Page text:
Hope this helped! If not, I'm sorry for my rambling. Haha.
May 27th, 2012 #40
May 27th, 2012 #41
May 27th, 2012 #42
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May 27th, 2012 #43
@rishenko- not often enough I see human faces as planes, I break up the cheeks, the forehead, the nose, the lips, etc. into separate planes but I still need to work on proportions, otherwise the planes will be off as well.
Do you find that thinking in planes helps you more than thinking in terms of surface lines/proportions?
May 28th, 2012 #44
I was asking out of curiosity because your images have a great sense of movement, line, and the like. I see some construction in the figures and a few on the faces, but not as much. That prompted me to look at the faces and some other objects, which led to the question about planes. I seem to come from a different direction, which I'll describe below. Place all of this in the context of me being rather analytical.
Still-life: I try and first think box things in with markers for important edges and straight lines for important angles. Next, I place things in terms of simple masses, cubes, spheres, what-not to box in the subject with appropriate relative sizing. After, I refine those blocks down into smaller objects, cleaning up angled lines, adding either more simple masses, blending some, etc. Then, I begin mapping out shadows. Though maybe to some degree before, it's at this point that I start thinking in planes.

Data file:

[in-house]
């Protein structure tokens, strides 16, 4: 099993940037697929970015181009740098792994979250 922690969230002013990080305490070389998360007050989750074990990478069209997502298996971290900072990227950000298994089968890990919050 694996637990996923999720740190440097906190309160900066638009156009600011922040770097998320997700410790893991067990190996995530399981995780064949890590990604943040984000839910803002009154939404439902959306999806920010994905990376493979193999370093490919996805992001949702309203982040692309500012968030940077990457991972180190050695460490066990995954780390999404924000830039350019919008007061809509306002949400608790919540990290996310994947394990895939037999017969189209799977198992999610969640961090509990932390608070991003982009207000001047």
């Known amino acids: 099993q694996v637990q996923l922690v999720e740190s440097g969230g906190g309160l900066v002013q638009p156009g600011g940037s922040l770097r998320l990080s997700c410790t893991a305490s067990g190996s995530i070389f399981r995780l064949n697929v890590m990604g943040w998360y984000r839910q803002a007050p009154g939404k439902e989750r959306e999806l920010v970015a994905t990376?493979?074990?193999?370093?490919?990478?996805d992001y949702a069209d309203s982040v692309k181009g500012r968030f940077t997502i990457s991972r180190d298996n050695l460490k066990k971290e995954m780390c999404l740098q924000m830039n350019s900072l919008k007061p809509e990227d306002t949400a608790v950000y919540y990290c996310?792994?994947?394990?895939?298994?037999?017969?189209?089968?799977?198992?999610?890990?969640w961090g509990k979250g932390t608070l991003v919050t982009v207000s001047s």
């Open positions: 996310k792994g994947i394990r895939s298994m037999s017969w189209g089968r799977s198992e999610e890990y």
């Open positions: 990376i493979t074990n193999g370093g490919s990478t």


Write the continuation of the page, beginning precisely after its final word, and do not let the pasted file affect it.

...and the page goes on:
Faces: Similar to the above. Box in the working area, refine it down with simple head shapes, locate the pieces. During the last is when I start thinking some in planes. I try and check pieces using the Reily method to lightly map out the facial structure and see how it compares, how everything fits. Combine this with thinking in terms of the light planes, and it helps me make sure the puzzle pieces work, if that makes sense? Of course, I haven't posted any faces in quite some time, so I should do that this next week.
People: Gestures, gestures, gestures. Maaaaan, I suck at those. My proportions aren't terrible (for a beginner), and you can see the motion and figure, but it's missing the exaggeration and vitality when compared to people like you. I need to focus more on curves, lines, exaggeration, and less on trying to perfect it as a figure?
I'm thinking of taking a multi-day breather from still-lifes and focusing instead on gestures, movement, faces, and planes. I've been neglecting those, faces entirely and beyond doing maybe 50-60 gestures in the last week or two, to work entirely on still-life and simple objects. Ahhh, the life of a beginner.
Also, thanks for posting the link to the animation pdf.
May 28th, 2012 #45